The Central Plains Archaeological Survey: A Preliminary Report
Over the past five years, the authors have conducted a geoarchaeological survey in Northern Henan Province, China, to test three hypotheses of regional and global significance. First, many Chinese archaeologists consider this area void of archaeological remains. Based on our data, most archaeological material is far below the surface - approximately 5 to 8 meters. Second, the location of the Yellow River during the Bronze Age year is argued to flow to the south, entering the ocean near Shanghai. Thick flood deposits and channel fill dating to the Bronze Age suggest that the Yellow River most likely flowed North. Third, some archaeologists argue that buried soils are a marker bed for the Anthropocene. The stratigraphic sequence contains buried soils from as early as the Pleistocene and as late as the Song dynasty, making this an ideal area to test if buried soils do reflect changes in land use. Our preliminary results suggest that an area over 50km2 was buried by Yellow River flood deposits, preserving a great variety of archaeological and geological features, including roads, towns, fields, lakes, and buried soils, capable of answering many questions concerning the subsurface archaeological record of the region.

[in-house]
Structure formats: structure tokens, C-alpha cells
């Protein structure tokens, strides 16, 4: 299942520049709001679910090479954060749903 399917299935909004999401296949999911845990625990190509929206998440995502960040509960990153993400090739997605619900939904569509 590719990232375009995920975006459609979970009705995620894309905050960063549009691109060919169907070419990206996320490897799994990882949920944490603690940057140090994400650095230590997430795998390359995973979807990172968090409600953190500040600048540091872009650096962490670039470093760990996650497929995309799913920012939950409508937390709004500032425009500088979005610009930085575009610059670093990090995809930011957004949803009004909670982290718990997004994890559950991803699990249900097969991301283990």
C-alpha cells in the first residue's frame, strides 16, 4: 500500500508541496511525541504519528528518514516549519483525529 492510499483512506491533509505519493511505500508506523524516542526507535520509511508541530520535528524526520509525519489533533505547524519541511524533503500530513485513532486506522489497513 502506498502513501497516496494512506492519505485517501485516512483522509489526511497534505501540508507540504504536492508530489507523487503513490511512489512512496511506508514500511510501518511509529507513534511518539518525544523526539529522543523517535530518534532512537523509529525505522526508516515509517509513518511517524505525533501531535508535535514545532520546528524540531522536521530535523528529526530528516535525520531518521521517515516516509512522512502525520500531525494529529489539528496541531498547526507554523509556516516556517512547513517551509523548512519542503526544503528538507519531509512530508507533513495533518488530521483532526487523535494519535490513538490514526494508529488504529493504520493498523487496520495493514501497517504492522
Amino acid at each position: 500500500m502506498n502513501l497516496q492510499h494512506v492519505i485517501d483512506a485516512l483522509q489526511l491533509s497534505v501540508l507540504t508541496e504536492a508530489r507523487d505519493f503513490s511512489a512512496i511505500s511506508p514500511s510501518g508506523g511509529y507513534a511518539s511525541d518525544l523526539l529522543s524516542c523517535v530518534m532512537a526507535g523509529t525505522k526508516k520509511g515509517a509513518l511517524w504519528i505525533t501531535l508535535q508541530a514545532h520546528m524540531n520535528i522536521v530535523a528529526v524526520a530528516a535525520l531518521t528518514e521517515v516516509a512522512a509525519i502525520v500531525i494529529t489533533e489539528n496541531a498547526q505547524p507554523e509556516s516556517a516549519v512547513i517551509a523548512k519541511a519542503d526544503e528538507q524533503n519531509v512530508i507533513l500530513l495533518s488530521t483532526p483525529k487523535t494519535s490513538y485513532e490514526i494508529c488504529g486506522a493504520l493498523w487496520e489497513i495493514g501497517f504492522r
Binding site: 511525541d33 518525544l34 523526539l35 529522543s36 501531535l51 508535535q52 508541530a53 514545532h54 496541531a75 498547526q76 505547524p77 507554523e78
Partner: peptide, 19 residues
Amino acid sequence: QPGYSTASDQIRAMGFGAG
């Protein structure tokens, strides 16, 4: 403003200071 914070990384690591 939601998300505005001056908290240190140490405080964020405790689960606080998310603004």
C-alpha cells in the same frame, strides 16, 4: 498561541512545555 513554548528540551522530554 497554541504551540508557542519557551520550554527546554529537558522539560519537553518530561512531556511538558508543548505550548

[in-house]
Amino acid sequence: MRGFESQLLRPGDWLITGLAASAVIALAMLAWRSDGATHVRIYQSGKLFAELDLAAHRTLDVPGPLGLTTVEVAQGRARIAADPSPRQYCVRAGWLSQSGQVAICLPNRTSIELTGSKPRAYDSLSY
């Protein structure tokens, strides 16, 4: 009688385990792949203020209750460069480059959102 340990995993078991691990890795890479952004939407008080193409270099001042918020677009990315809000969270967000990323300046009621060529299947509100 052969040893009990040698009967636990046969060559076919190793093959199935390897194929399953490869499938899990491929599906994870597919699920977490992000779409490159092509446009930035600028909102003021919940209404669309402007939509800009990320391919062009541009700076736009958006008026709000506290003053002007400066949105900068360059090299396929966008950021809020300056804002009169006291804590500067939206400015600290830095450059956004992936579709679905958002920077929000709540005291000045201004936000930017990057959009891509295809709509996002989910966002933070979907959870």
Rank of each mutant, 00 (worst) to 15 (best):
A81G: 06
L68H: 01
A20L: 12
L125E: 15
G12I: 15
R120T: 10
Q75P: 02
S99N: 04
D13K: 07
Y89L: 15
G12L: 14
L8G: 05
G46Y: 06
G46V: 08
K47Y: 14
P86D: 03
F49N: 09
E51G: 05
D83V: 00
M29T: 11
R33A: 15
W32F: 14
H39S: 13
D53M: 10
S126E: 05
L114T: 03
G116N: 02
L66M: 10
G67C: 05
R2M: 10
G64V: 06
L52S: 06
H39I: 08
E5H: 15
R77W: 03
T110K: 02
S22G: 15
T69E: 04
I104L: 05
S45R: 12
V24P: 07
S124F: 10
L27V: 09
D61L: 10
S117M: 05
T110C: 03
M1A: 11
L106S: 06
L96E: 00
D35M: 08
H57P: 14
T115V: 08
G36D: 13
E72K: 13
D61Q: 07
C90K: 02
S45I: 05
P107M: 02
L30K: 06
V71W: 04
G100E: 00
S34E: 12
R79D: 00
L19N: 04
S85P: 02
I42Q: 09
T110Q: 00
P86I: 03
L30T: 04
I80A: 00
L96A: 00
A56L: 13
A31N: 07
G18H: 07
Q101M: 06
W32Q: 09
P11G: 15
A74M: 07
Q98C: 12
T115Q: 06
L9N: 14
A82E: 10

Cite this Record
The Central Plains Archaeological Survey: A Preliminary Report. Michael Storozum, Tristram Kidder, Zhen Qin, Haiwang Liu. Presented at The 81st Annual Meeting of the Society for American Archaeology, Orlando, Florida. 2016 ( tDAR id: 402963)
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